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Monday, November 30, 2015

State Conducts First Prom Season ‘Heat Is On’ DUI Crackdown

DUI Enforcement April 10- May 23 Aims to Keep Teens Safe

DENVER, CO – Prom season is upon us and many Colorado teenagers will create memories that will last a lifetime. To help ensure those memories do not turn tragic, law enforcement agencies across the state will conduct a special prom season “Heat Is On” enforcement period beginning Saturday, April 10th through Sunday, May 23rd. The goal is to keep teenagers safe by targeting all impaired drivers, not just students attending proms.

“We want to make sure our roadways are safe this spring for teenagers celebrating prom and for everyone behind the wheel, ” said Col. James Wolfinbarger, chief of the Colorado State Patrol. “ If drivers are under the influence of alcohol or drugs, we will arrest them regardless of their age. Prom is a time to remember, but a time to celebrate safely and legally. ”

Drinking or even possessing alcohol is illegal for anyone under the age of 21 in Colorado and could result in the loss of a driver’s license, even if that person is not driving when the offense occurred. That illegal activity is magnified when it involves getting behind the wheel. Young drivers should know that an impaired driver of any age convicted of DUI will have to pay an average of $10,270, in addition to losing their driver’s license and possibly entering a treatment program. Young drivers also risk jeopardizing academic eligibility, college acceptance and current or future employment opportunities.

In Colorado, the number of people killed in alcohol-related crashes by drivers under age 21 has declined in the past three years from 16 in 2007 to 12 in 2008 and eight in 2009, according to preliminary data. However, the number of people killed by drug-impaired drivers under age 21 has remained steady with nine in 2007, eight in 2008 and nine last year.

“Students are beginning to get the message that drinking and driving is dangerous, but many young people, as well as adults, don’t understand that drugs can impair their ability to drive as well, ” said Mike Nugent, manager of CDOT’s Office of Transportation Safety. “ There are a growing number of law enforcement officers across the state who are specially trained to detect when drivers are under the influence of drugs, whether they are legal or illegal drugs. ”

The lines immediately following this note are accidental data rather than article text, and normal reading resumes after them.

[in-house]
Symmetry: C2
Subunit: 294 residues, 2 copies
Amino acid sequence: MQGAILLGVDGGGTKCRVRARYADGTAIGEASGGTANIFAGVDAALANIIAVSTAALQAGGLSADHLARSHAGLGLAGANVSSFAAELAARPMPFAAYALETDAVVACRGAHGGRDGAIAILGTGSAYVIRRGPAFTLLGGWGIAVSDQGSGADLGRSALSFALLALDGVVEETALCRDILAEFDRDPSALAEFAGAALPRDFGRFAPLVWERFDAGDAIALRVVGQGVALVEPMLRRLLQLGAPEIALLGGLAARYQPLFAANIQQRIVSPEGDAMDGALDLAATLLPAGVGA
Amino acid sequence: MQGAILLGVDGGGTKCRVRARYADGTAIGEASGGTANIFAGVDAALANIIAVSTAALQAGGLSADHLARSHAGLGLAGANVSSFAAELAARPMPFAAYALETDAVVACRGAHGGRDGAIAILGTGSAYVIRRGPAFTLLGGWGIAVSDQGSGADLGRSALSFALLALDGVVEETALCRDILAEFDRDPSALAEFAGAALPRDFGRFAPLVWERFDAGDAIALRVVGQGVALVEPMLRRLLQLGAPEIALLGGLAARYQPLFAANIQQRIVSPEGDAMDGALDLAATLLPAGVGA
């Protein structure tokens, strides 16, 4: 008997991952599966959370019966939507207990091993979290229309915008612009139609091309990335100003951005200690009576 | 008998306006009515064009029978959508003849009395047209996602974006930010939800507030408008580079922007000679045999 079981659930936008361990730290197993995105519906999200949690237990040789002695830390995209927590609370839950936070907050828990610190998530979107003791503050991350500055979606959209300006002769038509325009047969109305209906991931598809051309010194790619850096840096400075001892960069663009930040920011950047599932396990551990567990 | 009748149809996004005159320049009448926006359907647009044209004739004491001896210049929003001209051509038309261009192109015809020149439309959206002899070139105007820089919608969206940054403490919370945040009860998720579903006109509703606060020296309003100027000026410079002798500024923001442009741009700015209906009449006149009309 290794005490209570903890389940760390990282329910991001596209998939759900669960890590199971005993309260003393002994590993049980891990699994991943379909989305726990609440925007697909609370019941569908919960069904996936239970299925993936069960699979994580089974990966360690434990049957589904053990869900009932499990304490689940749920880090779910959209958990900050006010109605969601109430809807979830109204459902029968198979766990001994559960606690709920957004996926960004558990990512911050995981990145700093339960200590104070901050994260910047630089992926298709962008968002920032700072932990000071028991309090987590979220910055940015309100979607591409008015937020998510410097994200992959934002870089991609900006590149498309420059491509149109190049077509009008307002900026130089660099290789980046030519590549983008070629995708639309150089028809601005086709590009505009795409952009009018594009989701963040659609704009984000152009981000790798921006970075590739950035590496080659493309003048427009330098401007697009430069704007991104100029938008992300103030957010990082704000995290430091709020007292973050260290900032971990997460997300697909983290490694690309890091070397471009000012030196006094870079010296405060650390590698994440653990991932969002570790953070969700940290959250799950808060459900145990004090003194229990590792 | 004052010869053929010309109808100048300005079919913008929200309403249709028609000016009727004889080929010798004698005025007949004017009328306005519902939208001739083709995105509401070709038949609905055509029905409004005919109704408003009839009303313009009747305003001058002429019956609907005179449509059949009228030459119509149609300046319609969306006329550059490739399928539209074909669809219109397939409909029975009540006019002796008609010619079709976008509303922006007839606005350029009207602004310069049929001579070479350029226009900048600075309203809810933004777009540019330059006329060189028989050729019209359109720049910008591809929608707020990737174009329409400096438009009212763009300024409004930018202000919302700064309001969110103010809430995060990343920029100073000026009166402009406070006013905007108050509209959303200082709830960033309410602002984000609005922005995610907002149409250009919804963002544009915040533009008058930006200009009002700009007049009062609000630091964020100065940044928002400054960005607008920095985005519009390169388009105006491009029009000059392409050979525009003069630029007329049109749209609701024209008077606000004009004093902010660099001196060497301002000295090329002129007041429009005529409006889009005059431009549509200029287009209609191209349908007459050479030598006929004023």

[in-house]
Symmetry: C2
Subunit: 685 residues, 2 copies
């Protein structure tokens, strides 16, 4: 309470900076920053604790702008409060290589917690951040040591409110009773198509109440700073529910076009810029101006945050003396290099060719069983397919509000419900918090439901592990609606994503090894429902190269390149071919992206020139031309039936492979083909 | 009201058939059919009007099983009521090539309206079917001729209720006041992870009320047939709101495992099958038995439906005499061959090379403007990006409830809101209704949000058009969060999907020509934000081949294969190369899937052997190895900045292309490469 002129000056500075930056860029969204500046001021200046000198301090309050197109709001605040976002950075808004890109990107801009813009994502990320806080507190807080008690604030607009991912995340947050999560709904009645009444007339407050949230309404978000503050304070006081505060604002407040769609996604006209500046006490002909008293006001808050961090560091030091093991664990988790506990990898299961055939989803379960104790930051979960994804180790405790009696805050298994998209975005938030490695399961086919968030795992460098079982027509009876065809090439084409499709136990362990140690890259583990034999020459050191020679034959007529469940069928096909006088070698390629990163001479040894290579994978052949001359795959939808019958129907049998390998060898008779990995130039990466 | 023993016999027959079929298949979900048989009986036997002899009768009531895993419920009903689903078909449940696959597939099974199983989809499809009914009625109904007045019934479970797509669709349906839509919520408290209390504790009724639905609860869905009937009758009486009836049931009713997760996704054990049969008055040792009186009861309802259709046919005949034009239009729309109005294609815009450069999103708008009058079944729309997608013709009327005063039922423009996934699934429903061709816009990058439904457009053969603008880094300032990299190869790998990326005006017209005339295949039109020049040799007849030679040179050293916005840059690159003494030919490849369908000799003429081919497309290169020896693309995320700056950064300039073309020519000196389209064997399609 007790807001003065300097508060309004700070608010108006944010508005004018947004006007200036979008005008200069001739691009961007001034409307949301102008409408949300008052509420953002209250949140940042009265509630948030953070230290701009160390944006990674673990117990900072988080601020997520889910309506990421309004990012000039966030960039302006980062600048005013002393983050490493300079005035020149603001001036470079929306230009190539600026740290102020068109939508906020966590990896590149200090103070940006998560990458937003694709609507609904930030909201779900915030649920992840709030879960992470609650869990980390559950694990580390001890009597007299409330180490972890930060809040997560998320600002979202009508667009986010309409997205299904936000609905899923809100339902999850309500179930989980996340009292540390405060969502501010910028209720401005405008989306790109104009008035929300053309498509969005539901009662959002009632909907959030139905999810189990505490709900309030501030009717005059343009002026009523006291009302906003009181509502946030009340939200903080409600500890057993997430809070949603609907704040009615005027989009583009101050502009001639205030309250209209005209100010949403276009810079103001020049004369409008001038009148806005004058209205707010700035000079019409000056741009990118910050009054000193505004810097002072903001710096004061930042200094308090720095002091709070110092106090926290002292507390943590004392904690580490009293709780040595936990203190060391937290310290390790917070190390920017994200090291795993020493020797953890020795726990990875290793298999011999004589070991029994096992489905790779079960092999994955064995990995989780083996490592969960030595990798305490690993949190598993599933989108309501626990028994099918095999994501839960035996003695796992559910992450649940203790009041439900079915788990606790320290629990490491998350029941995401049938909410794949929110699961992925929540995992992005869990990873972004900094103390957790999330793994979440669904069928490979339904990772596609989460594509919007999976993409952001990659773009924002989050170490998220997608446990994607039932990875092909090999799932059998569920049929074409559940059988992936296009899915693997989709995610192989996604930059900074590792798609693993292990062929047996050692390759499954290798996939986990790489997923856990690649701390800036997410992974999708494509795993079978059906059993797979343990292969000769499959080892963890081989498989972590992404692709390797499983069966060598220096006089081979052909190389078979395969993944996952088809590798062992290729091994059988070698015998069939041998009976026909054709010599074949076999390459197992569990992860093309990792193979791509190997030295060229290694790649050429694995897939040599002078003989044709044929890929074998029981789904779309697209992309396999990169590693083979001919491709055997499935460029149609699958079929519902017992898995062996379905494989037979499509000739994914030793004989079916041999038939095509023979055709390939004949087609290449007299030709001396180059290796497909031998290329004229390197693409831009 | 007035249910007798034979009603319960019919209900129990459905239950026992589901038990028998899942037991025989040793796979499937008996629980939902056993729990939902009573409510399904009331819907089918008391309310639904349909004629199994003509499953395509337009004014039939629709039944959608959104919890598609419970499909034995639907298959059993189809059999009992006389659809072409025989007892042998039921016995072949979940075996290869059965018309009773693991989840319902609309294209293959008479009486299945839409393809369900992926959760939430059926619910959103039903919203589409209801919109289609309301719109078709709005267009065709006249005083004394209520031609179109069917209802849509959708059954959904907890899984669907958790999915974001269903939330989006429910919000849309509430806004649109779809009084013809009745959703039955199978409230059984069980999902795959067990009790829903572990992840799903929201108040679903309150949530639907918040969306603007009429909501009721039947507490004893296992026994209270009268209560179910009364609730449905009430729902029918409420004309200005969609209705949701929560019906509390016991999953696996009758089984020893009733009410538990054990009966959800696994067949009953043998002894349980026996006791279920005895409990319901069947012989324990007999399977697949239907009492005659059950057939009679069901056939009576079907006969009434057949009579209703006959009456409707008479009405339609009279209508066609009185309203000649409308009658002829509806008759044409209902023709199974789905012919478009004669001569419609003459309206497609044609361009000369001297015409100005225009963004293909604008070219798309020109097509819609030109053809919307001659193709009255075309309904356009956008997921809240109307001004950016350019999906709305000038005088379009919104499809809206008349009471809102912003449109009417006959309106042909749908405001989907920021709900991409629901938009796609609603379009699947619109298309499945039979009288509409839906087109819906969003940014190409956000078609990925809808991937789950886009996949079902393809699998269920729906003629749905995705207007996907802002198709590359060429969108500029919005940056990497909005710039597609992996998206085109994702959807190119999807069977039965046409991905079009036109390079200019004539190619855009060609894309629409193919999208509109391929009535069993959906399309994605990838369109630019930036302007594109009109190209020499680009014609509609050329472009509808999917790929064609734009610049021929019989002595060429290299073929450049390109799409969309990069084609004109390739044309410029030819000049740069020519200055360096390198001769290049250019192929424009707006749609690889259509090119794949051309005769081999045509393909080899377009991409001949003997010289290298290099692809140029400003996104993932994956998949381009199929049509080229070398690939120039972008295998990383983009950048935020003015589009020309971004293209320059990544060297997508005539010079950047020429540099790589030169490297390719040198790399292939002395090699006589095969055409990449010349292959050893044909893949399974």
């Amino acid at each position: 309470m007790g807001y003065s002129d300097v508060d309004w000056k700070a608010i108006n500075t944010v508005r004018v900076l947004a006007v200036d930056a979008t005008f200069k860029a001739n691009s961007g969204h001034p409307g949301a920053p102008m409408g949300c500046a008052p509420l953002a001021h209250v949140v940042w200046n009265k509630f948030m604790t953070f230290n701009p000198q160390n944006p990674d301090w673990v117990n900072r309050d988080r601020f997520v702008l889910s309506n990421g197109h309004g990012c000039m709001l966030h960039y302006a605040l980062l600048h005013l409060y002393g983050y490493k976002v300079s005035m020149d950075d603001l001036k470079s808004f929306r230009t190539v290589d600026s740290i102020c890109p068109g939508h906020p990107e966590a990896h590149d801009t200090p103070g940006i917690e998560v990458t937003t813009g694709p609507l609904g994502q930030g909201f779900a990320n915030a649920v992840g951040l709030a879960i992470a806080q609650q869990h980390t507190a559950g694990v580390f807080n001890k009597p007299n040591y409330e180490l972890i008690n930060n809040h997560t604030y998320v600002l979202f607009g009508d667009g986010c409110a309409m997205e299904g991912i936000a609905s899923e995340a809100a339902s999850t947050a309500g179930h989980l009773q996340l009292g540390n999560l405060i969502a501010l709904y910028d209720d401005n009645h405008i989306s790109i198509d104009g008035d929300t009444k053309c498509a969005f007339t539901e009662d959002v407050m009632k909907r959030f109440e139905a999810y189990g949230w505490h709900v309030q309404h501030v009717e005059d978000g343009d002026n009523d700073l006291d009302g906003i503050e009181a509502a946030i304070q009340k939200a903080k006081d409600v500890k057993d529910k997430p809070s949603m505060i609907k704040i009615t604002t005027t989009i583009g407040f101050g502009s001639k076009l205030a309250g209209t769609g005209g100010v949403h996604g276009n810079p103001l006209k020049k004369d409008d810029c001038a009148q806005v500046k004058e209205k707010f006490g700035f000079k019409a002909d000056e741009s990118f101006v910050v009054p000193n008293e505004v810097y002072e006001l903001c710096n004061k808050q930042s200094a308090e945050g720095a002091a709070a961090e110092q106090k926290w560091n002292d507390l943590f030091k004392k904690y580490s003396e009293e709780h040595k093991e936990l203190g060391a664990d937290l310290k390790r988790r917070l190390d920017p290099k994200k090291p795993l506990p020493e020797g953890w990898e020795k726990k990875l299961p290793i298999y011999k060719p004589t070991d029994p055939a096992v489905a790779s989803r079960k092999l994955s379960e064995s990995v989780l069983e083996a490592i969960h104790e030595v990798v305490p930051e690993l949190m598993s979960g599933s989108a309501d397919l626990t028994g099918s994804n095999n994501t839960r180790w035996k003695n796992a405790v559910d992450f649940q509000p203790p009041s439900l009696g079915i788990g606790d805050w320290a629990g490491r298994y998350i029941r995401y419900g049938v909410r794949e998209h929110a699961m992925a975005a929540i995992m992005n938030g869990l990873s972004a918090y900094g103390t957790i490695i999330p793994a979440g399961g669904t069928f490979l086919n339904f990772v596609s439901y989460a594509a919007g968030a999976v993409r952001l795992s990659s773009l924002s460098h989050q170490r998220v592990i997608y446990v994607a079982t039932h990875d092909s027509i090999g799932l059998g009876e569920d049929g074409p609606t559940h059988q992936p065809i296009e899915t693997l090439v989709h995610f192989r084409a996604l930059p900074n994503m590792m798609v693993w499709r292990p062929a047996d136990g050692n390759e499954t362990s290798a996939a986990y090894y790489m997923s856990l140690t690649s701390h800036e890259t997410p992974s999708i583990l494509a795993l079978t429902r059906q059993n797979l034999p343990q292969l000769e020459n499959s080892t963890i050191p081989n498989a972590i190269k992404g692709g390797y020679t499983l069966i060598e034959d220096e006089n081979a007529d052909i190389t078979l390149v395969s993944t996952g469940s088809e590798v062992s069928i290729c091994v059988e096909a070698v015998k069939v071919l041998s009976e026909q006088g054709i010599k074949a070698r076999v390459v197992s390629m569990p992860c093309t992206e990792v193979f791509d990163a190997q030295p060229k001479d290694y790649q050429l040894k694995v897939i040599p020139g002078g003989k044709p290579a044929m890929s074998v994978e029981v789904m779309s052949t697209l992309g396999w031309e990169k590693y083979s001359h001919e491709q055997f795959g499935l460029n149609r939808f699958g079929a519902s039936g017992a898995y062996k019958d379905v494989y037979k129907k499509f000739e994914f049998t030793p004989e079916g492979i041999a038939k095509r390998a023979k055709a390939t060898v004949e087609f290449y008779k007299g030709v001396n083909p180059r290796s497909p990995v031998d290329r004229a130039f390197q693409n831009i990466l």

To help educate teenagers about the dangers of impaired driving and warn them of the special enforcement period, CDOT has developed materials for high schools across the state, which will be available to download at CDOT has also partnered with Al’s Formal Wear, who will include with each of its 10,000 statewide tuxedo rentals a card that stresses the message that drinking or doing drugs is illegal and could result in a DUI. In addition, CDOT is partnering with Mothers Against Drunk Driving Colorado to hang posters in high schools statewide, reminding students of the message.

“We are proud of our students in Colorado. Most of the time, they make good decisions, ” said Emily Tompkins, executive director of MADD Colorado. “ This time of year, peer pressure is a big part of life in high school. We want to help students make smart choices and positive memories, not dangerous ones that they’ll remember for the rest of their lives – for all the wrong reasons. ”

So, what can students do to ensure a safe prom without risking a DUI or worse? Here are some tips for teenagers:

Do not get into a vehicle with a driver you think may be drunk or high even if they say they are OK to drive.

Have an emergency transportation plan ready. Have someone you can call who can pick you up if you find yourself in a dangerous situation. Hopefully you won’t need to call them, but it is better to have a plan just in case.

Call *CSP (*277) or 911. If you think someone is impaired and behind the wheel, you may save a life of a friend by getting them off the road. The call can be completely anonymous.

Many schools offer an alcohol-free after party. Take advantage of these inexpensive or sometimes free opportunities.

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